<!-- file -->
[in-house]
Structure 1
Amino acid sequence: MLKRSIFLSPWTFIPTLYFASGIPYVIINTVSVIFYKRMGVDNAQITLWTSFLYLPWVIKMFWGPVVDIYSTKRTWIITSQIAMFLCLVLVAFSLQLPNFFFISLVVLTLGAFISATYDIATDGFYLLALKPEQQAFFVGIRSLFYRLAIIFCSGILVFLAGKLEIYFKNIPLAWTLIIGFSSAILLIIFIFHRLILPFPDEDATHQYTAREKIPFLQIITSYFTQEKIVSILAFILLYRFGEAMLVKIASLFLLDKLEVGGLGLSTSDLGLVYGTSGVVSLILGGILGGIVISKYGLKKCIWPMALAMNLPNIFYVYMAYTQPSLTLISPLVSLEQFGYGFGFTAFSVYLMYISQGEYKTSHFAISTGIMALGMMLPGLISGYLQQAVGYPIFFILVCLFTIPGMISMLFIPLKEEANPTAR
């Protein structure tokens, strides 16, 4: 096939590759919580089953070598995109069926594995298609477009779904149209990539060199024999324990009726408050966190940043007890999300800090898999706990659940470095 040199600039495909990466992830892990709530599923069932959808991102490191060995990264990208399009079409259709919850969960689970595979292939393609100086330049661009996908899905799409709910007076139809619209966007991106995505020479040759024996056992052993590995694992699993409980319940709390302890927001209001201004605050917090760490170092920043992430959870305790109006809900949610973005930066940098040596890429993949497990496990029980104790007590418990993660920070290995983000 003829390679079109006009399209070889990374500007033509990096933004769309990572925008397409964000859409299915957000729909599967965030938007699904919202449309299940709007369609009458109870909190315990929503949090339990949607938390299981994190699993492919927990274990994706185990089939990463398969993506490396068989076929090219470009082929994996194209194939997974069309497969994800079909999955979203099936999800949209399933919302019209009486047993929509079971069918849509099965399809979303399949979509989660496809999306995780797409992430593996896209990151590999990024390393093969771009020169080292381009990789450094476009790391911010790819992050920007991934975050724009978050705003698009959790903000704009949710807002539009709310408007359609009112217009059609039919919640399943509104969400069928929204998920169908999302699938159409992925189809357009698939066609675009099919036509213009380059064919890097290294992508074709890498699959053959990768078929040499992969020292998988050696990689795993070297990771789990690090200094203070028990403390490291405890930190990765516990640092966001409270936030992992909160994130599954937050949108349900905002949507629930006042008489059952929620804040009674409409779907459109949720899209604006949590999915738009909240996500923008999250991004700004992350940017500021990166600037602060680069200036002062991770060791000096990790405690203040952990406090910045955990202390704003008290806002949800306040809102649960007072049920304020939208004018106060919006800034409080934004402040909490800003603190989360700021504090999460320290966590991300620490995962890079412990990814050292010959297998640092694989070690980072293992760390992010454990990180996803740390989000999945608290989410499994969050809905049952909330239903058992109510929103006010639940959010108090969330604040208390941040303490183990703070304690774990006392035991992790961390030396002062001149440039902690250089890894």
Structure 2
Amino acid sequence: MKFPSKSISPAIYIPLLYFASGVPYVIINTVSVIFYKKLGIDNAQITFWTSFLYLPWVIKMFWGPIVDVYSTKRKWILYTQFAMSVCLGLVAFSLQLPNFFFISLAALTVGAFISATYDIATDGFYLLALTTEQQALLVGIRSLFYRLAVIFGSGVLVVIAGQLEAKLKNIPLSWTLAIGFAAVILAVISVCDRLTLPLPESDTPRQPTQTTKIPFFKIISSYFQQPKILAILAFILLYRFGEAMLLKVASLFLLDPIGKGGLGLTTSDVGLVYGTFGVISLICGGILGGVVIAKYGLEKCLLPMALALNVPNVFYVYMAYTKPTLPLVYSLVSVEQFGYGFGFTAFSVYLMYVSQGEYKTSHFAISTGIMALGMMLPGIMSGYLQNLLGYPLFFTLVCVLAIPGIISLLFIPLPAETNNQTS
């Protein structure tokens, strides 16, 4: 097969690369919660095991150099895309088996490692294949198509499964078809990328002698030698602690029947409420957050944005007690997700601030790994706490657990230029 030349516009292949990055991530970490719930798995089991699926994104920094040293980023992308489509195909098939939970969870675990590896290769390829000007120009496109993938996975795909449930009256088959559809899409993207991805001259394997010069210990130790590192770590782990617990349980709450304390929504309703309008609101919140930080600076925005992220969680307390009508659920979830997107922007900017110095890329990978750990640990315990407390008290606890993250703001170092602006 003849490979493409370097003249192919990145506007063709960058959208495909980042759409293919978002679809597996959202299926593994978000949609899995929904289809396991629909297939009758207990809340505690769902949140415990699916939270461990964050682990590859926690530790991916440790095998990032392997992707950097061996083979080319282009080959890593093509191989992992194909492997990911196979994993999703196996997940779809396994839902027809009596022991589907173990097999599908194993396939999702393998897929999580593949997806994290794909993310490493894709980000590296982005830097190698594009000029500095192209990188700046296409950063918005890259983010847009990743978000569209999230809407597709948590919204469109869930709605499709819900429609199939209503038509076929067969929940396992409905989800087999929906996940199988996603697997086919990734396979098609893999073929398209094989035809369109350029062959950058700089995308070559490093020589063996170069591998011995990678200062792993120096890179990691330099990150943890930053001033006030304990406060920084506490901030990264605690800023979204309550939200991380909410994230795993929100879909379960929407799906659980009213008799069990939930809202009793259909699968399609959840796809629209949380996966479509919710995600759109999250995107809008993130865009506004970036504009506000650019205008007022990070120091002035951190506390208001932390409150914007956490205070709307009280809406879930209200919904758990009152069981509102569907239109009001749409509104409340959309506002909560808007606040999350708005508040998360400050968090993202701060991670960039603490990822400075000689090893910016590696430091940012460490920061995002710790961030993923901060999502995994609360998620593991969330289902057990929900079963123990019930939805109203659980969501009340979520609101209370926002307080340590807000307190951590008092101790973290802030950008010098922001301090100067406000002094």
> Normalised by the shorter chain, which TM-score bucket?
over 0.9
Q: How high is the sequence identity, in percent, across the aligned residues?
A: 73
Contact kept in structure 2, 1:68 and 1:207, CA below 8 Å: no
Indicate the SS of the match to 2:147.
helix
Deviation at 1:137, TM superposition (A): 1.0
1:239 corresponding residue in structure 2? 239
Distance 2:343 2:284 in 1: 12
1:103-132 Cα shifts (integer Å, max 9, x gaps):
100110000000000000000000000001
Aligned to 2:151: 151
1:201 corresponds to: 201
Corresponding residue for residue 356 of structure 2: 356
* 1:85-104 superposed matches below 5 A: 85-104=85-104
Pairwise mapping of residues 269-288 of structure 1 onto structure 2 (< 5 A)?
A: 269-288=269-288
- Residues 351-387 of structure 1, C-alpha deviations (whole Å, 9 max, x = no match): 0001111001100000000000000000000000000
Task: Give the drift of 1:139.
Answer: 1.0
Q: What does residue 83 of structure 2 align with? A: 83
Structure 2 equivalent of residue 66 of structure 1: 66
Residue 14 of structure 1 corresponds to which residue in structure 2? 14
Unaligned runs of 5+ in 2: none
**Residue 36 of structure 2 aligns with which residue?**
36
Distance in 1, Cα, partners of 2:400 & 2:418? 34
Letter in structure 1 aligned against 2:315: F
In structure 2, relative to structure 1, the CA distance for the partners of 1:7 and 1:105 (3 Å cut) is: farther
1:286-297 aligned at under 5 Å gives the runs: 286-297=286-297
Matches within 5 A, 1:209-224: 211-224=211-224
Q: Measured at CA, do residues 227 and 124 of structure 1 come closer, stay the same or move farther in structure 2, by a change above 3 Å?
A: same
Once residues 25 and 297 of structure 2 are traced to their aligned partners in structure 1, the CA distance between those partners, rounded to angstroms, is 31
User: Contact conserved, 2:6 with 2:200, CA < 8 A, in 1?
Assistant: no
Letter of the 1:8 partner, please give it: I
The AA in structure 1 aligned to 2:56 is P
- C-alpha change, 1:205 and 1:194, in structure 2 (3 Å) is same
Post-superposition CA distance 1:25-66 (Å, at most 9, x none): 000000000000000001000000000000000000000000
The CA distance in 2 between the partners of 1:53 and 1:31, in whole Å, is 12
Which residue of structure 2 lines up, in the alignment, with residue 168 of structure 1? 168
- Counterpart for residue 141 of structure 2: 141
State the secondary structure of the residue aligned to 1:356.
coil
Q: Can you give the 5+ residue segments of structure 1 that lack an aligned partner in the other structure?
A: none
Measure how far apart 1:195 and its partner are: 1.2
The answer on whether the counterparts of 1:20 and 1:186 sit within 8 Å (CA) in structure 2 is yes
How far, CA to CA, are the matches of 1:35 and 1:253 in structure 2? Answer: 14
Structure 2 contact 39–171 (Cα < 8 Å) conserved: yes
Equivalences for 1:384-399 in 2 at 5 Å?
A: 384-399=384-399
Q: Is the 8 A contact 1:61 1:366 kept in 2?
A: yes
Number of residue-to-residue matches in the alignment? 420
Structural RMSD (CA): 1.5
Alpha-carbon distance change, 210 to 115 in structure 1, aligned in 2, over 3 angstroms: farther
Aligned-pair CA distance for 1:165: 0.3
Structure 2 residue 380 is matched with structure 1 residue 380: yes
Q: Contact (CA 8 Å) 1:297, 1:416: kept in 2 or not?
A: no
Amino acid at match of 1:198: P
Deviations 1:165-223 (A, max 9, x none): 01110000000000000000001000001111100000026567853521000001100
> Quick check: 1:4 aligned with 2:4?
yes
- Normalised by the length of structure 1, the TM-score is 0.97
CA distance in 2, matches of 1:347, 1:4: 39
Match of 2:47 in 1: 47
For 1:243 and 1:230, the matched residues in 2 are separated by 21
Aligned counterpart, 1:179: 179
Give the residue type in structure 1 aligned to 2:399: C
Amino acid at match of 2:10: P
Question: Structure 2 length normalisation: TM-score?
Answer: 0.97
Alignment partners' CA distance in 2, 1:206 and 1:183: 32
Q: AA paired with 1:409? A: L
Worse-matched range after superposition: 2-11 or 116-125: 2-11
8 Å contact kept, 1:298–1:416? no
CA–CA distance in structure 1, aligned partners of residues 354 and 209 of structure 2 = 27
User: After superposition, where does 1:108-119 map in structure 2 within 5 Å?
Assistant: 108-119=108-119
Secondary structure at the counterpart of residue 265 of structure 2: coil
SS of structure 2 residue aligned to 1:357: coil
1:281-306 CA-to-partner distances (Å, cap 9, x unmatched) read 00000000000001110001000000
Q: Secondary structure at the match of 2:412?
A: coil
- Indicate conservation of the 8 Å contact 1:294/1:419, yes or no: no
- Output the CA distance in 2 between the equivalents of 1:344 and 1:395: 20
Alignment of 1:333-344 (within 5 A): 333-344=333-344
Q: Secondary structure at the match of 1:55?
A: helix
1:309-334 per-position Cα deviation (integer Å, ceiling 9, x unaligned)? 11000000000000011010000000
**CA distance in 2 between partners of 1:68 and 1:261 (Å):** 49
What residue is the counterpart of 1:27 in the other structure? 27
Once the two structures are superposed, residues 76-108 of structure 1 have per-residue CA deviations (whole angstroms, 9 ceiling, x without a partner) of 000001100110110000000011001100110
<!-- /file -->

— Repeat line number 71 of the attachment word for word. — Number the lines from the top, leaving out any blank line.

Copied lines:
Amino acid at match of 1:198: P